The Muzzle and The Load

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3 thoughts on “The Muzzle and The Load

  1. Cynthia

    I read and wept! You, better than most, know what I am facing. Please tell me how you dealt with the depression and gloom that hangs over an elderly person. There are times that I just have to walk away for my own sanity’s sake! What was the difference between your Grandpa’s and Grandma’s depression? Was it just that your Grandma felt that she was being judged, therefore she judged others by her standard? How exactly did you deal with your Grandpa’s depression and moodiness? Maybe I need to go back and re-read your book!
    I can see in your eyes and smile a true sense of release! There is light at the end of the tunnel!

    1. Thief Post author

      Cynthia, my heart really goes out to you because I do know what you are facing. The “telling you how” is a very long story in its fullness (maybe a couple more books) and there is no one simple way. A few short thoughts: Grandpa’s depression was turned inward, Grandma’s attitudes were more directed primarily outward at others. It is not easy dealing with either, but it is more managable when you have someone where their depression is turned inward since you are not being assualted as much by their lashing out.

      The first, and hardest thing, in learning to deal with it is coming to grips with the fact that you can’t fix it, you can’t make it all better. It is like battering yourself against an immovable wall, and if you try it will just exhuast and destroy you. Acceptance is vitally important on your part. Make peace with the fact that he will have moody days, and its not your fault, and you can’t fix it. As the care giver letting go of the patient is probably the most agonizing part of giving the care and that is part of what you are dealing with, and it will grow bigger as your Dad declines. As his condition declines more and more you will likely find yourself growing more and more moody and bleak and emotional! The journey of giving Alzheimer’s care is that at first you can fix most of the major problems (and you feel fairly good about that) but that as it progresses you can fix less and less and it gets to the point where (deep down) a part of you feels like you just want to give up a bawl because you can’t fix anything.

      I think there is a lesson for us in this painful experience to learning what it means to be a servant. Being able to fix things means we still have a certain amount of power over the situation. When it comes to the place when you can’t fix anything all you can do is serve in the most humbled way–and trust God that the service is sufficent for the moment (because it sure doesn’t feel like it!)

      In regards to your Dad, it is key to offer what you can, realize you can’t fix the situation, and realize that sometimes you have to step away. And you never, ever, can make it all better. Finding peace with that is extremely difficult because as a care-giver you want to make it all better.

      If your Dad is like my Grandpa and most of his moodiness is directed inward, then being cheerful, caring, and listening is the best start. While it might not make you feel good, letting him express the distress he feels is helpful for him–but if possible try to then direct the conversation in a positive way. For someone willing to accept physical affection I think hugs are huge. For someone with depression touch can say far more than words, and this is especially true for someone who is lost more and more in Alzheimer’s. Whether by explicit words or other means, let him know that you love him and you understand what he is facing, and you care. When able, direct his thoughts to better memories. For someone who believes in the promises of God it can be helpful to encourage him with the truth of the gospel, but as your Dad’s condition grows worse you will be less able to tell him about the love of God and you will only be able to show him through physical means.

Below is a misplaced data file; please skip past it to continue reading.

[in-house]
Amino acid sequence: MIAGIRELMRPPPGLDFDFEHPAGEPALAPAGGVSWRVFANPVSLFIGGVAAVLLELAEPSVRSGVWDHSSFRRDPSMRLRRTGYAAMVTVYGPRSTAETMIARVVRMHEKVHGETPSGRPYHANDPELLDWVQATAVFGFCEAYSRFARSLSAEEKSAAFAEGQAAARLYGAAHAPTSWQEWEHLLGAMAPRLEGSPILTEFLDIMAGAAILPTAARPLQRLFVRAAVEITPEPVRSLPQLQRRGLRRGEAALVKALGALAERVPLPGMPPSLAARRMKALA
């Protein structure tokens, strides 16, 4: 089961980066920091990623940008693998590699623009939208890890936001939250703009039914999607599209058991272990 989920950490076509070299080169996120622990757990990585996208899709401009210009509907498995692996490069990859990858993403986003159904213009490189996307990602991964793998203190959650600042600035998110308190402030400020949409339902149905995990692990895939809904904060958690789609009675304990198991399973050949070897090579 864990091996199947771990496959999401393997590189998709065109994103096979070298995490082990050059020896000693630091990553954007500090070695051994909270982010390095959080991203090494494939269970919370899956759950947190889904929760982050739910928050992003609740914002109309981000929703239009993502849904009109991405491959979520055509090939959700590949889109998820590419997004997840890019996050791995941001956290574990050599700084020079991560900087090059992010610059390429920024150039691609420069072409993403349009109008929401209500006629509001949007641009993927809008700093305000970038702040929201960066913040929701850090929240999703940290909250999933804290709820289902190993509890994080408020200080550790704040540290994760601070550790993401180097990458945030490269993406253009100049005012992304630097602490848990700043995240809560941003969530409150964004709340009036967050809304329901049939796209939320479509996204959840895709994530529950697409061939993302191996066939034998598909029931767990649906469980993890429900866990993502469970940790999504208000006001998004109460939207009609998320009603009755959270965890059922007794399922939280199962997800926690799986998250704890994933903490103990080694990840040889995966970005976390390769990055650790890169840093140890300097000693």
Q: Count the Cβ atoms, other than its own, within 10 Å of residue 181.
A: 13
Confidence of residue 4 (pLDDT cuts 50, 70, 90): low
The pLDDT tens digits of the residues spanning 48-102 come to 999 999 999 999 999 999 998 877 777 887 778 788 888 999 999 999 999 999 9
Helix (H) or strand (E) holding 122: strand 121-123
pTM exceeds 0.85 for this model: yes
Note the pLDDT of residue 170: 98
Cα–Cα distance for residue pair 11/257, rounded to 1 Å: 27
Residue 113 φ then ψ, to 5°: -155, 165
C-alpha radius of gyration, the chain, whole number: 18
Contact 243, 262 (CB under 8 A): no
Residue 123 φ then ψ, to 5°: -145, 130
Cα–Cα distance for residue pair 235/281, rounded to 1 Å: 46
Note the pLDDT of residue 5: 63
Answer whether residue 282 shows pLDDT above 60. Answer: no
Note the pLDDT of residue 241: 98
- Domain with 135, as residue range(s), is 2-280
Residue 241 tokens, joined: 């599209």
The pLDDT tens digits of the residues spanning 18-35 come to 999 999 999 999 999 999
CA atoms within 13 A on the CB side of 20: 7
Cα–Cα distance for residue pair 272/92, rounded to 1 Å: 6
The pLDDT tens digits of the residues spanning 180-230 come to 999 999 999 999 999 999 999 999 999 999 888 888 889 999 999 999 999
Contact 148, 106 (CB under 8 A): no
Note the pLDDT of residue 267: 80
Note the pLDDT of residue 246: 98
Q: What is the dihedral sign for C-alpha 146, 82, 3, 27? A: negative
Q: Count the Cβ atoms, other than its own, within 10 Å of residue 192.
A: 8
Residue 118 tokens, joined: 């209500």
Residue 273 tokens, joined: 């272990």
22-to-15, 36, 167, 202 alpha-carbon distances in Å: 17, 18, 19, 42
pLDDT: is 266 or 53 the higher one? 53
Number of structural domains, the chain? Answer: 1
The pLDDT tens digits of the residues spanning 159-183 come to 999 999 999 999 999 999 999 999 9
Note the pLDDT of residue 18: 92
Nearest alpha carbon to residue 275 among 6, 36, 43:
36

As a word of caution: whatever you say, be very, very, careful about any rebuking of his attitude. While your Dad is a sinner and is surely not handling everything in the best way, it is easy for us as caregivers to become like Job’s friends were to him and try to fix something which we understand so poorly we ought to just sit in silence. Saying things with the tone of “Shut up and be happy” or “Everything will be all right in the end” is incredibly unhelpful to the suffering person.

      But being that well of sympathy, empathy, compassion, and long-suffering patience is extremely, incredibly, draining in emotional, physical, mental, and spiritual realms. I still don’t feel like I’ve recovered from all that I gave. Only by God’s grace can you give what you can give, and you are not able to be all that your Dad wants, or needs. Trying will just destroy you. Only God can be all that. There came a time in Grandpa’s decline when he wanted me to sit with him all the time, to never leave him. But I couldn’t physically do that. So I had to determine what was the right balance of my time (and sanity) and just let go of trying to be absolutely everything Grandpa needed.

      You’ll have to navigate that path–not only in trying to address your Dad’s moods of depression, but also as his feelings of neediness get worse and worse. You can’t be wonder-mom, or wonder-daughter, and learning to have peace and acceptance of yourself in that small and insufficent state is a difficult challenge to face.

      You will continue in my prayers. Thanks for writing.

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